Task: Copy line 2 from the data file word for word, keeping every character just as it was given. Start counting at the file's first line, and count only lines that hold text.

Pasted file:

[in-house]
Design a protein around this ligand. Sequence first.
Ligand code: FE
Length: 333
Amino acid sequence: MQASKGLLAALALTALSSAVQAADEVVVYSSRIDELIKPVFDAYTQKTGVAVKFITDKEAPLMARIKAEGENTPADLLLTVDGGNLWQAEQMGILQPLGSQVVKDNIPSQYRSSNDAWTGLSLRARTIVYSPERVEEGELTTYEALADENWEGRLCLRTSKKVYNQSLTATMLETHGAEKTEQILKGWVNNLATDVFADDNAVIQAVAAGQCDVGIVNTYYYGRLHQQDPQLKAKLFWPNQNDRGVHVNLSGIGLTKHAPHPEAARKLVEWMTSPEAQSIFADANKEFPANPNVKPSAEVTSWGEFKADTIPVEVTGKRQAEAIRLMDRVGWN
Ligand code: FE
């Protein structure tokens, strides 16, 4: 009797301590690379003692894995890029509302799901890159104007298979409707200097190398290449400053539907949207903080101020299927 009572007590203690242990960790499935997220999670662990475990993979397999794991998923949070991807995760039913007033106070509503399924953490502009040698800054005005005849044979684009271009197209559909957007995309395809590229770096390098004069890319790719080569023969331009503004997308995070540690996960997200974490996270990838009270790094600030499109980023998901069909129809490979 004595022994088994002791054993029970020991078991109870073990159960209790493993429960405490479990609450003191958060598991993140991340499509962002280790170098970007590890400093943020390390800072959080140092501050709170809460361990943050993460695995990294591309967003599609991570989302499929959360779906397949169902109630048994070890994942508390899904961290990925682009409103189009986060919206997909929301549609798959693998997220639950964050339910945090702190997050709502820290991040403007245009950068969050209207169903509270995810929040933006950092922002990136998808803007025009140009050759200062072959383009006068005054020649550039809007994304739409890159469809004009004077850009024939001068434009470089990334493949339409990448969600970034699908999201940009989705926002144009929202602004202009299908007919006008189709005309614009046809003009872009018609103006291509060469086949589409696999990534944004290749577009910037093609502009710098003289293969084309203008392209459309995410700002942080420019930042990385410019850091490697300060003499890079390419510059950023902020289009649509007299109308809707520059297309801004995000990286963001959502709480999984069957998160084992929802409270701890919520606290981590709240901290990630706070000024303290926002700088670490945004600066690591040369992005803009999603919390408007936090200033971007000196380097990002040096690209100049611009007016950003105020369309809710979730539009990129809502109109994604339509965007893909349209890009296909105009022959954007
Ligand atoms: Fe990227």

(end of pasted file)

Design a protein around this ligand. Sequence first.